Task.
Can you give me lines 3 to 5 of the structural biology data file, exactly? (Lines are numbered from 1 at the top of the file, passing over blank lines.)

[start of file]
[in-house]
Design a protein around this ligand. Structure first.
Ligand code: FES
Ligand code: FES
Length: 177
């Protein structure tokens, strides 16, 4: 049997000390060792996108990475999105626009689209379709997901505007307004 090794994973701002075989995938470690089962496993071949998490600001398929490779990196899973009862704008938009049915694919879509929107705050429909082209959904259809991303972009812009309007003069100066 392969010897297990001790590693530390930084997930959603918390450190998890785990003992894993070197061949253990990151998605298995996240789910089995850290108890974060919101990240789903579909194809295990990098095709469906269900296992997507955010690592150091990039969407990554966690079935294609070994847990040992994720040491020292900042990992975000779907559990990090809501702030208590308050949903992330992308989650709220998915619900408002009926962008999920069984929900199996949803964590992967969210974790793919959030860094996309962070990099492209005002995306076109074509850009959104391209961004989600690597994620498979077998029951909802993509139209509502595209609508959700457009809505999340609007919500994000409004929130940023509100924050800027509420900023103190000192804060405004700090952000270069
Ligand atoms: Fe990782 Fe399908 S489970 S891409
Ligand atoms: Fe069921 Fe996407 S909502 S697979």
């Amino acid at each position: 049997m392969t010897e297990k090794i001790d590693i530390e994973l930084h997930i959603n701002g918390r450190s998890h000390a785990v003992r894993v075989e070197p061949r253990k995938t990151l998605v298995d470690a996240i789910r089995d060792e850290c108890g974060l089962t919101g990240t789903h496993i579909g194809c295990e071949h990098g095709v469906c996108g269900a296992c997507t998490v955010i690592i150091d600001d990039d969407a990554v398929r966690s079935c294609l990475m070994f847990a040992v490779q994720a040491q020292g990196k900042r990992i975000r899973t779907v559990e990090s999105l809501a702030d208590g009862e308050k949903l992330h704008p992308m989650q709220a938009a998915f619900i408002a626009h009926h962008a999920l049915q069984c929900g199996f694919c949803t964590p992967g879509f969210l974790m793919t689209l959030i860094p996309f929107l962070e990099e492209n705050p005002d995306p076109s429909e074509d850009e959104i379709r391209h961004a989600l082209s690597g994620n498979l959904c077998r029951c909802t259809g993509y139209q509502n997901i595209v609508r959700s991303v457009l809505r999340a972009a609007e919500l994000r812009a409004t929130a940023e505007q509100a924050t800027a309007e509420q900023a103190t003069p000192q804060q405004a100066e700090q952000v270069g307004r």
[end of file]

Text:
Ligand code: FES
Ligand code: FES
Length: 177